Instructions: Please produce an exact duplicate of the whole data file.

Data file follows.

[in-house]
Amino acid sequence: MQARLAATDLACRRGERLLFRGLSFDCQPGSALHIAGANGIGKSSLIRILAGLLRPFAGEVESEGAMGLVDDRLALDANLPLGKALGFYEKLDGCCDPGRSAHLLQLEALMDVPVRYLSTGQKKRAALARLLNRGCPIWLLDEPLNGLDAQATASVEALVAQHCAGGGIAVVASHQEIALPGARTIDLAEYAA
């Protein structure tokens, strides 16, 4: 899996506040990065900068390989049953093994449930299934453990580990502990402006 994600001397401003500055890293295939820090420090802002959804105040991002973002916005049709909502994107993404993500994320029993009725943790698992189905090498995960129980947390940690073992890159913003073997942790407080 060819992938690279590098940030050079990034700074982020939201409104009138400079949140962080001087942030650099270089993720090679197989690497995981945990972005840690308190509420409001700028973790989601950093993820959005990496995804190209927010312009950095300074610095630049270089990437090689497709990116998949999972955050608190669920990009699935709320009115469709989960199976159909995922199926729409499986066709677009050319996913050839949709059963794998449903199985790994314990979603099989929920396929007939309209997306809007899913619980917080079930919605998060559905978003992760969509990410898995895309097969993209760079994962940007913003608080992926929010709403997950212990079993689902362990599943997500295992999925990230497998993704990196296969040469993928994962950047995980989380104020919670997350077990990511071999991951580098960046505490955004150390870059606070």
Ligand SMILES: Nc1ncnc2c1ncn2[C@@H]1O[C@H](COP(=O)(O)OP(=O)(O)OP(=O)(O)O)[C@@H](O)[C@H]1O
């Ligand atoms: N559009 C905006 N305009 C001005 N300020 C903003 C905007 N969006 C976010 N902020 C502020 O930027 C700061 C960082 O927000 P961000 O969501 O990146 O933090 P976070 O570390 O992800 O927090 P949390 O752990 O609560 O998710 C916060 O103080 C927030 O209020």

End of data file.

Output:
[in-house]
Amino acid sequence: MQARLAATDLACRRGERLLFRGLSFDCQPGSALHIAGANGIGKSSLIRILAGLLRPFAGEVESEGAMGLVDDRLALDANLPLGKALGFYEKLDGCCDPGRSAHLLQLEALMDVPVRYLSTGQKKRAALARLLNRGCPIWLLDEPLNGLDAQATASVEALVAQHCAGGGIAVVASHQEIALPGARTIDLAEYAA
């Protein structure tokens, strides 16, 4: 899996506040990065900068390989049953093994449930299934453990580990502990402006 994600001397401003500055890293295939820090420090802002959804105040991002973002916005049709909502994107993404993500994320029993009725943790698992189905090498995960129980947390940690073992890159913003073997942790407080 060819992938690279590098940030050079990034700074982020939201409104009138400079949140962080001087942030650099270089993720090679197989690497995981945990972005840690308190509420409001700028973790989601950093993820959005990496995804190209927010312009950095300074610095630049270089990437090689497709990116998949999972955050608190669920990009699935709320009115469709989960199976159909995922199926729409499986066709677009050319996913050839949709059963794998449903199985790994314990979603099989929920396929007939309209997306809007899913619980917080079930919605998060559905978003992760969509990410898995895309097969993209760079994962940007913003608080992926929010709403997950212990079993689902362990599943997500295992999925990230497998993704990196296969040469993928994962950047995980989380104020919670997350077990990511071999991951580098960046505490955004150390870059606070």
Ligand SMILES: Nc1ncnc2c1ncn2[C@@H]1O[C@H](COP(=O)(O)OP(=O)(O)OP(=O)(O)O)[C@@H](O)[C@H]1O
């Ligand atoms: N559009 C905006 N305009 C001005 N300020 C903003 C905007 N969006 C976010 N902020 C502020 O930027 C700061 C960082 O927000 P961000 O969501 O990146 O933090 P976070 O570390 O992800 O927090 P949390 O752990 O609560 O998710 C916060 O103080 C927030 O209020």